A young woman has unleashed her rage at the idea of having to work “for free” after years in college in order to graduate or “get a real job.”
Yash, 23, a college student from Queensland, recently revealed that studying psychology was causing her a lot of stress and anxiety.
“Studying psychology in Australia is a scam and it’s inherently so classic,” she said.
Psychology students are expected to complete 1,000 “client hours” of unpaid internships over two years, 200 of which will be face-to-face.
And she’s not alone: students studying anything related to psychology, social work, nursing or teaching must first “work” for free before they can apply for a paid job.
Many students in these fields argue that the more than 2,000 required hours are “impossible” to complete in the standard three-year time frame without external financial support.
Yash, 23, a college student from Queensland, recently revealed that studying psychology was causing her a lot of stress and anxiety
Under Australia’s Fair Work Act, students completing vocational apprenticeships are not entitled to minimum wage or other benefits as they are not considered employees.
The Australian Department of Education released a report in March 2023 showing that 62 per cent of domestic students take six years to complete a bachelor’s degree, with 9 per cent not returning to university after the first year.
Unpaid internships often cause students to drop out of college or work part-time to get an extra job to pay bills.
Yash revealed that getting through her undergraduate degree and moving on to her master’s was extremely difficult.
The mental toll the workload put on her—and other students—was enough to cause severe burnout and loss of passion.
“If you’re privileged to get three years of undergrad and then honors and masters, you’ve essentially spent six years in college, not working full-time wages, not getting a super, and missing out on the greatest years of composition in your life.”
The 23-year-old stressed how exploitative the unpaid labor really was.
“It’s my second year doing an internship with an organization that has enough money to pay me for my work,” she said.
“But they’ve been relying on college students’ idea of unpaid work for so long — so there’s no reason to change.”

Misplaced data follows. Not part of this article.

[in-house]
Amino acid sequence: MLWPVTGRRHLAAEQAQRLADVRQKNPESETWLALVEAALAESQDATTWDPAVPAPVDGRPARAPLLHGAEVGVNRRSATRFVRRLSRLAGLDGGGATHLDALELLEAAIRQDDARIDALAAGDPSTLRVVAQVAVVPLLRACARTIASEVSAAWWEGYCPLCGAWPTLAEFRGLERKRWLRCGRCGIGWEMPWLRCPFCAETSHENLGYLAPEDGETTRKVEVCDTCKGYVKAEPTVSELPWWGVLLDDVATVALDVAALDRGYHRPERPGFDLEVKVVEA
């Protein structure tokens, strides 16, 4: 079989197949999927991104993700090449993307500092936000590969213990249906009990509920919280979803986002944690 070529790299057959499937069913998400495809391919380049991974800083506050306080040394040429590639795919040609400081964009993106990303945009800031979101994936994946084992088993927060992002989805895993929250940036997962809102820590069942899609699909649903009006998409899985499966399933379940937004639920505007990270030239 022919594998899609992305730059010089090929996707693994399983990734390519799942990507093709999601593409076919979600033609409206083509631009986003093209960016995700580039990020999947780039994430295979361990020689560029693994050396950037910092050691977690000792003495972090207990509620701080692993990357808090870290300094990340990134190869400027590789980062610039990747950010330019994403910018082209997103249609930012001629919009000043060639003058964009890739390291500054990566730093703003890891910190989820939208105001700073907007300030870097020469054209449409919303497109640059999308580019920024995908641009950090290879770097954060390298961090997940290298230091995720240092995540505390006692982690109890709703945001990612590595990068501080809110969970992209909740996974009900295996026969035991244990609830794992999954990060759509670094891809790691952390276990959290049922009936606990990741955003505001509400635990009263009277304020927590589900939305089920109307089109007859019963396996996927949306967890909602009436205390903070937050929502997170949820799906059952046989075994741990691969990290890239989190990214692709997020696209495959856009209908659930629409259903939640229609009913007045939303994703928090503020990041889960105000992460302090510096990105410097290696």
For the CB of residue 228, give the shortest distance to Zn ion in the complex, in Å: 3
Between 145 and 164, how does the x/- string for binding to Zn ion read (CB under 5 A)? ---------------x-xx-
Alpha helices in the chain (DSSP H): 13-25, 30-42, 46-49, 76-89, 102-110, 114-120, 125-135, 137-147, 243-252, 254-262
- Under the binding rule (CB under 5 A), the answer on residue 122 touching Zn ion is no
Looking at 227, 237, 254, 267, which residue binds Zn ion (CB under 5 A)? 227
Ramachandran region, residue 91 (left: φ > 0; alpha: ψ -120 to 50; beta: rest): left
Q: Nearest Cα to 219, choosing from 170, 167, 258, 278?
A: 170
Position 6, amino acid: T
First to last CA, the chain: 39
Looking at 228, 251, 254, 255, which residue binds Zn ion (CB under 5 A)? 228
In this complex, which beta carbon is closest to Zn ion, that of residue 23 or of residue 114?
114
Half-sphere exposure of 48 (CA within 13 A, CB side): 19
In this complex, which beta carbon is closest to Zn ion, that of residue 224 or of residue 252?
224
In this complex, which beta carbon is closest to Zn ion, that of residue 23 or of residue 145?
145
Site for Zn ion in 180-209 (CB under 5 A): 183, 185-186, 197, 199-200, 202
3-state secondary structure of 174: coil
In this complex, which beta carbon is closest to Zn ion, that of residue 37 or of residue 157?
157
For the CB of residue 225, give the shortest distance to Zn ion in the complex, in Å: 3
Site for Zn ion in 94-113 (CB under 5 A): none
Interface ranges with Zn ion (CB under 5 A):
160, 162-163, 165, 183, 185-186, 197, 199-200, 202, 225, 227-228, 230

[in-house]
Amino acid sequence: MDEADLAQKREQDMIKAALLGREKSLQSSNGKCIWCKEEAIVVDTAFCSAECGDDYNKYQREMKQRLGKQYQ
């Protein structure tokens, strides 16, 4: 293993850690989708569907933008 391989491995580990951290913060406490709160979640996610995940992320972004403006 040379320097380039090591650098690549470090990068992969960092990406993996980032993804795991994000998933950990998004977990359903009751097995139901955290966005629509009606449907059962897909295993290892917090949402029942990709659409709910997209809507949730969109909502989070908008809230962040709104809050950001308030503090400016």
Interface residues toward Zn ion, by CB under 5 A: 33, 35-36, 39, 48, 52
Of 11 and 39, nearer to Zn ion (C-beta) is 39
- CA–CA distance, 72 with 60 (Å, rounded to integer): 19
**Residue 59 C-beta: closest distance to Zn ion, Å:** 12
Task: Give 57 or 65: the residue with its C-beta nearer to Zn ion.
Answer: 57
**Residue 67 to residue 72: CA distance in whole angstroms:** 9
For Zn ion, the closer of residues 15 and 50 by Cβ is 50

Yash has to make 1,000 customer hours in two years – but it’s even harder than it looks.
She often shows up for eight-hour days with only one contact hour to show up for it due to last-minute cancellations.
“People have to take on an overabundance of clients and work us to pieces with the unpredictability.”
“My fellow students have more clients than paid workers because we’re under pressure to get the hours in.”
“If we don’t do that (finish our hours) we won’t get our degree and everything will be pushed back.”
Yash revealed that several of her friends were worked around the clock, after hours, on weekends, and also had catering jobs to pay their bills.
“We have so much hard work to do before we get into the workforce,” she sighed.
Thousands studying in fields related to psychology, social work, education and nursing claim the more than 2,000 required hours are ‘impossible’ to complete in the standard three-year time frame without outside financial support
Many agreed with her, claiming they were “sick” and “tired” of mandatory unpaid internships.
“University staff are an exploited working class in Australia,” said one man. “Not to mention this process ruining your mental health, when the profession as a whole is about improving mental health.”
Another woman added, “Psychology, social work, education, nursing, etc. are crucial and help fill gaps in those areas, but we’re getting the short end of the stick.”
“It’s such a flawed system because the people who can’t afford to work full time for it for years are the ones who are most needed in the field!” said a third.
Another even revealed how her professors told her not to “avoid” a job during her honors year.
What if you need rent? Or an income to live on?’ she asked instead.